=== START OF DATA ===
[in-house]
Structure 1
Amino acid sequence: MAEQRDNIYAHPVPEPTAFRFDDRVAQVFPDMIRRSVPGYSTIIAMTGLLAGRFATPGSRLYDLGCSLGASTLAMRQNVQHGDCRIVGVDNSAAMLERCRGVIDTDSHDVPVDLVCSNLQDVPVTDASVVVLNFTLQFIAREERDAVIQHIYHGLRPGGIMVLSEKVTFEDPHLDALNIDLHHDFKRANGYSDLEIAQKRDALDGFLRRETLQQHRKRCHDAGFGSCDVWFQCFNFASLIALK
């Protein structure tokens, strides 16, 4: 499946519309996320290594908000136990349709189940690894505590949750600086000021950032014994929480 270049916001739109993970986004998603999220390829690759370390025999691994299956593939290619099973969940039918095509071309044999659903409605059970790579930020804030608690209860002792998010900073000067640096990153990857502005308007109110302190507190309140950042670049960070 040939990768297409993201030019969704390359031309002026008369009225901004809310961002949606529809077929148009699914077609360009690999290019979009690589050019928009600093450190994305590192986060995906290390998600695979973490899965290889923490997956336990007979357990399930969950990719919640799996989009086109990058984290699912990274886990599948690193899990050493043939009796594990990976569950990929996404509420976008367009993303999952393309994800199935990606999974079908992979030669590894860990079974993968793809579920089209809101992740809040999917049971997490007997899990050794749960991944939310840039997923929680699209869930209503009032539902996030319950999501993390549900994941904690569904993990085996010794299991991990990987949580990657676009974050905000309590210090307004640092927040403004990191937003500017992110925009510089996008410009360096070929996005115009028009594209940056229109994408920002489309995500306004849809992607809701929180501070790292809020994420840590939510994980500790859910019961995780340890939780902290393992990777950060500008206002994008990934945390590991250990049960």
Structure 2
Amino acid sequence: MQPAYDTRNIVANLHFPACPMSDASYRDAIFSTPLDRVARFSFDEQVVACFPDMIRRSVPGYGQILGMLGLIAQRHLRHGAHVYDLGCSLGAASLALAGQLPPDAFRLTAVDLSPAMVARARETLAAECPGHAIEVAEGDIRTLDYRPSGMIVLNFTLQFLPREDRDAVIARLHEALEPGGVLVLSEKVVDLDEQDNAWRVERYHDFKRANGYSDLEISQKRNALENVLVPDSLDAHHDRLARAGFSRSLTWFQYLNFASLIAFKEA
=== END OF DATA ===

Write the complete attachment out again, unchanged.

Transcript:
[in-house]
Structure 1
Amino acid sequence: MAEQRDNIYAHPVPEPTAFRFDDRVAQVFPDMIRRSVPGYSTIIAMTGLLAGRFATPGSRLYDLGCSLGASTLAMRQNVQHGDCRIVGVDNSAAMLERCRGVIDTDSHDVPVDLVCSNLQDVPVTDASVVVLNFTLQFIAREERDAVIQHIYHGLRPGGIMVLSEKVTFEDPHLDALNIDLHHDFKRANGYSDLEIAQKRDALDGFLRRETLQQHRKRCHDAGFGSCDVWFQCFNFASLIALK
């Protein structure tokens, strides 16, 4: 499946519309996320290594908000136990349709189940690894505590949750600086000021950032014994929480 270049916001739109993970986004998603999220390829690759370390025999691994299956593939290619099973969940039918095509071309044999659903409605059970790579930020804030608690209860002792998010900073000067640096990153990857502005308007109110302190507190309140950042670049960070 040939990768297409993201030019969704390359031309002026008369009225901004809310961002949606529809077929148009699914077609360009690999290019979009690589050019928009600093450190994305590192986060995906290390998600695979973490899965290889923490997956336990007979357990399930969950990719919640799996989009086109990058984290699912990274886990599948690193899990050493043939009796594990990976569950990929996404509420976008367009993303999952393309994800199935990606999974079908992979030669590894860990079974993968793809579920089209809101992740809040999917049971997490007997899990050794749960991944939310840039997923929680699209869930209503009032539902996030319950999501993390549900994941904690569904993990085996010794299991991990990987949580990657676009974050905000309590210090307004640092927040403004990191937003500017992110925009510089996008410009360096070929996005115009028009594209940056229109994408920002489309995500306004849809992607809701929180501070790292809020994420840590939510994980500790859910019961995780340890939780902290393992990777950060500008206002994008990934945390590991250990049960």
Structure 2
Amino acid sequence: MQPAYDTRNIVANLHFPACPMSDASYRDAIFSTPLDRVARFSFDEQVVACFPDMIRRSVPGYGQILGMLGLIAQRHLRHGAHVYDLGCSLGAASLALAGQLPPDAFRLTAVDLSPAMVARARETLAAECPGHAIEVAEGDIRTLDYRPSGMIVLNFTLQFLPREDRDAVIARLHEALEPGGVLVLSEKVVDLDEQDNAWRVERYHDFKRANGYSDLEISQKRNALENVLVPDSLDAHHDRLARAGFSRSLTWFQYLNFASLIAFKEA